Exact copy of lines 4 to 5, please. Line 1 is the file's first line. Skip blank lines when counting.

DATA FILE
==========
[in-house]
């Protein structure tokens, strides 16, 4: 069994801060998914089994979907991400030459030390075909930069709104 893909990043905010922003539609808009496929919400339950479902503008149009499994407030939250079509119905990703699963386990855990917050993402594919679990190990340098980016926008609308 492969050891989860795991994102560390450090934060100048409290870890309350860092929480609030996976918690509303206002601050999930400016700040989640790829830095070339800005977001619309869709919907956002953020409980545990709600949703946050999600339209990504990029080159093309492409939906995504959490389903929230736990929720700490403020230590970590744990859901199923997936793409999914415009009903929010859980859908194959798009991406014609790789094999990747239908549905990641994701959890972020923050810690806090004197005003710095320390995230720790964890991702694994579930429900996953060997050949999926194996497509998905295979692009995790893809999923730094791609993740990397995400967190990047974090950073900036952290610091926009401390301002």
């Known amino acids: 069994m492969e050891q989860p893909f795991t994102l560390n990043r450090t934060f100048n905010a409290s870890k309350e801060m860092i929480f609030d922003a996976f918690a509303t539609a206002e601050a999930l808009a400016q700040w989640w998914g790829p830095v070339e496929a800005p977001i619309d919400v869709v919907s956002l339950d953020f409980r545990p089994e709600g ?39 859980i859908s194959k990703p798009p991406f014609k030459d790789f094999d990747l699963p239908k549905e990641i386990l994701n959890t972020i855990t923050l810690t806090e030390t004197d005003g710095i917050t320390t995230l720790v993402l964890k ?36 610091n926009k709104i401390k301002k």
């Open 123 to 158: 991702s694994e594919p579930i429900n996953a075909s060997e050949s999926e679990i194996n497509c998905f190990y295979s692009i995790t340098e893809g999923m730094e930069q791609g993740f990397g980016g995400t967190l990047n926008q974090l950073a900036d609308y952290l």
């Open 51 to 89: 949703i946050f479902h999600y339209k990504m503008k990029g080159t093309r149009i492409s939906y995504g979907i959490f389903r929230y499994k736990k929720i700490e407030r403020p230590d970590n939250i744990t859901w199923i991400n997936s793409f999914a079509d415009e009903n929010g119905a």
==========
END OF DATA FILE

């Open 123 to 158: 991702s694994e594919p579930i429900n996953a075909s060997e050949s999926e679990i194996n497509c998905f190990y295979s692009i995790t340098e893809g999923m730094e930069q791609g993740f990397g980016g995400t967190l990047n926008q974090l950073a900036d609308y952290l």
């Open 51 to 89: 949703i946050f479902h999600y339209k990504m503008k990029g080159t093309r149009i492409s939906y995504g979907i959490f389903r929230y499994k736990k929720i700490e407030r403020p230590d970590n939250i744990t859901w199923i991400n997936s793409f999914a079509d415009e009903n929010g119905a």